Belton House is a mansion surrounded by formal gardens, with a series of avenues leading to a number of follies set in a large wooded park.
For three hundred years, Belton House was the seat of the Brownlow and Cust family, who had first acquired land in the area in the late 16th century. Between 1685 and 1688 Sir John Brownlow and his wife had the present mansion built. Despite great wealth they chose to build a modest country house. It’s servant were purposely housed in a completely separate area to the family. The house was built to the typical H design of the day and has changed relatively little since construction was completed. The seventh Baron attempted to retain the house and estate by opening to the public. However, the financial difficulties were too great and in January 1984 he transferred ownership of the house, garden and some of the contents to the National Trust.
Belton House was used as Lady Catherine De Bourgh’s residence, Rosings, in the 1995 TV mini series of Pride & Prejudice. Our first two pictures are of when Darcy returns to Rosings after his disastrous proposal to Elizabeth. Although it looks as if Darcy turns left after entering the house and goes through another room before heading straight up the stairs, in fact he would have to turn right from the font door to reach this staircase.
Also notice the decorative knobs on the handrail. This was to stop the children and servants from sliding down them and causing possible damage to the expensive woodwork.
Next we have the area where Darcy begs Colonel Fitzwilliam to make his excuses to his aunt. The wooden pillar standing between Lady Catherine and Colonel Fitzwilliam is a prop, and that is why it is not in our photo.
Here Darcy strides back to Rosings after being rejected by Elizabeth. The large tree to the left was lost due to storms, but as you can see, a new tree has been planted to replace it.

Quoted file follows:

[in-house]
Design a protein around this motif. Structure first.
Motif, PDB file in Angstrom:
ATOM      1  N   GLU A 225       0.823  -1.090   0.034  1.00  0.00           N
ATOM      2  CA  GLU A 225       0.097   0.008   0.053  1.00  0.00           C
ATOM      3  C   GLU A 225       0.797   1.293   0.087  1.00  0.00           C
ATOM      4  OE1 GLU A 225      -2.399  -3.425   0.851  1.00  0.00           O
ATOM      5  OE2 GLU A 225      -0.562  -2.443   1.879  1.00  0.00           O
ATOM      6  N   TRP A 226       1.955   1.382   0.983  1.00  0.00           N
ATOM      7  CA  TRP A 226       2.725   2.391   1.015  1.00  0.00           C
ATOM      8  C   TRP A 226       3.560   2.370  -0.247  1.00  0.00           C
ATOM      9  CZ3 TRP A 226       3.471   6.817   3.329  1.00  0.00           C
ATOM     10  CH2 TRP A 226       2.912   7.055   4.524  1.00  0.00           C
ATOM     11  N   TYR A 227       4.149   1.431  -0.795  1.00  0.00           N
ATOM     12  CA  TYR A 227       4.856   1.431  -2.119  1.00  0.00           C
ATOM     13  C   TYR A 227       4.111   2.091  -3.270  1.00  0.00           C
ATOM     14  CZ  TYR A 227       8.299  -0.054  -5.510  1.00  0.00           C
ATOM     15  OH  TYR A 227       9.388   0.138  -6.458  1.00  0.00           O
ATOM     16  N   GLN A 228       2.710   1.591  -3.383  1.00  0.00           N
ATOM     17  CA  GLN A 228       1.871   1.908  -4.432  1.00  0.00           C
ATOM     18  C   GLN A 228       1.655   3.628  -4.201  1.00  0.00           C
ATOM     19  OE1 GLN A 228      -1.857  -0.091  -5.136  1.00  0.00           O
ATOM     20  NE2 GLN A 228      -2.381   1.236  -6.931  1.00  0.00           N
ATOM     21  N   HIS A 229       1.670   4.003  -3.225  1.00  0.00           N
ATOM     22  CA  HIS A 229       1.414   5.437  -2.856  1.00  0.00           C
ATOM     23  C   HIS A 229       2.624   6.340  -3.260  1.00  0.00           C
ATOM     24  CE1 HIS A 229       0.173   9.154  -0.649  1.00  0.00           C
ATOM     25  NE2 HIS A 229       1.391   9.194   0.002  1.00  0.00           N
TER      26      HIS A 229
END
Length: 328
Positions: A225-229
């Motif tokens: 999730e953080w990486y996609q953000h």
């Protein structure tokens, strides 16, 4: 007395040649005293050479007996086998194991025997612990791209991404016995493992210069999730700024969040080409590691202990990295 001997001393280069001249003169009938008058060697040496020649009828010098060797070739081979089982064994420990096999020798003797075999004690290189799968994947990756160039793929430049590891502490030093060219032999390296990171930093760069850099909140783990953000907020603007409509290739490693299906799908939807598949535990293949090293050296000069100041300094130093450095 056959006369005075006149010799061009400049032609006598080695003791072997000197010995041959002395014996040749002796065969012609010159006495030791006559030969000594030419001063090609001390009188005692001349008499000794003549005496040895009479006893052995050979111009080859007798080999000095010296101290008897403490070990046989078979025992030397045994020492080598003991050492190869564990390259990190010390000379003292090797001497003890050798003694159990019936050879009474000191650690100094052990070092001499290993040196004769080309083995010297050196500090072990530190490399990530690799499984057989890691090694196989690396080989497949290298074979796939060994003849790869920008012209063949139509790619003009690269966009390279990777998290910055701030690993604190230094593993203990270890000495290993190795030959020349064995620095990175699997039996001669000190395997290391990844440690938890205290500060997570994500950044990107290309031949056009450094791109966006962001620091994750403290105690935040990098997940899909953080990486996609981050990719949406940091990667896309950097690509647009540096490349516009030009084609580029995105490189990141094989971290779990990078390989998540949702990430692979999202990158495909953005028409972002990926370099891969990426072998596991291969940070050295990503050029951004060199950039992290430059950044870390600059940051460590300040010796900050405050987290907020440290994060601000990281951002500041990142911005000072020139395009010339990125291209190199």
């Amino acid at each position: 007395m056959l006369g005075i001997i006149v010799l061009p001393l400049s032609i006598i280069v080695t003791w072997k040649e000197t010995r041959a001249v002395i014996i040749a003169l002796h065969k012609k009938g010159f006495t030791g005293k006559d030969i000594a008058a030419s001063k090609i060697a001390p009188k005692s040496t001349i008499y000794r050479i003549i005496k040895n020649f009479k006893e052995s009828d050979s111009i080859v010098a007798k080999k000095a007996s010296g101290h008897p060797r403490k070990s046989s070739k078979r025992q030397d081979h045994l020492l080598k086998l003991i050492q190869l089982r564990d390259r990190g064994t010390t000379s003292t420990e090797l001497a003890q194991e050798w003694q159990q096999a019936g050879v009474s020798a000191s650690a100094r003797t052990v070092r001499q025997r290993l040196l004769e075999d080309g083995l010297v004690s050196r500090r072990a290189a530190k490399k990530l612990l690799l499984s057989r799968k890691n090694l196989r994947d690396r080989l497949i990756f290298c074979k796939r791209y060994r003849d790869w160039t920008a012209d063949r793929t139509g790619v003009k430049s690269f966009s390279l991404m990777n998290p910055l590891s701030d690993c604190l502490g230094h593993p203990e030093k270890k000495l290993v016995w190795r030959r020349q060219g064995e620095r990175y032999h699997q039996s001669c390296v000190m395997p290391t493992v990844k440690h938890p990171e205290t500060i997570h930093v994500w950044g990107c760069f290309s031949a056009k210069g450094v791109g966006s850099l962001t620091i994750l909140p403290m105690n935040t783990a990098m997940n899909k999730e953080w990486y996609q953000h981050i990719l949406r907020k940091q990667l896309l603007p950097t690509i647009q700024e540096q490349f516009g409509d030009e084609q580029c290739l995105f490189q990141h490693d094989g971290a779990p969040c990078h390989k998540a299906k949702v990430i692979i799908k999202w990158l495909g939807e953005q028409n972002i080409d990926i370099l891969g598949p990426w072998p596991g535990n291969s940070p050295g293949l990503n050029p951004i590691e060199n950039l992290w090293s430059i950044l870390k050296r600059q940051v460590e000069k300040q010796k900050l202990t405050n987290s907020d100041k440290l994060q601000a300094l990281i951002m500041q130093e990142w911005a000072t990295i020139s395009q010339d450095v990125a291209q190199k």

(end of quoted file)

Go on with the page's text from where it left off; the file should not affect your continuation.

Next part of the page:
The next four pictures all relate to Darcy’s bedroom, or bed chamber as they would have called it. This is where Darcy sits and writes his letter to Elizabeth. If you recall, he explaining his dealings with George Wickham in regards to the living at Kympton, and the attempted seduction of his sister, Georgiana.
It is thought the original bed colour was red or crimson damask, but it sustained water damaged after a floor. As you can see it has been beautifully restored, and matches the décor very well.
The avenue where Colonel Fitzwilliam meets Elizabeth and unwittingly reveals Darcy’s role in separating Bingley from her sister Jane.
A grim-faced Darcy decides to write to Elizabeth, in an effort to refute Wickham’s lies.
And finally, this is where Mr. Collins tries to hurry his party, lest they keep Lady Catherine waiting, much to the amusement of Elizabeth.
Belton has an amazing wooden floor in the Tyrconnel Room. To protect this from damage by the constant foot fall of visitors, the National Trust has invested in Eyemats. These are mats that are made by scanning the original carpets, and then made to match the flooring perfectly. By placing these in areas open to the public, it reduces the possible of damage. There is also another one in the Red Drawing room.
We hope you have enjoyed our comparison pictures of Rosings 1995 (Belton house).
Look out for our next instalment in this Pride & Prejudice revisited series.
Our very best
Lizzie and Darcy x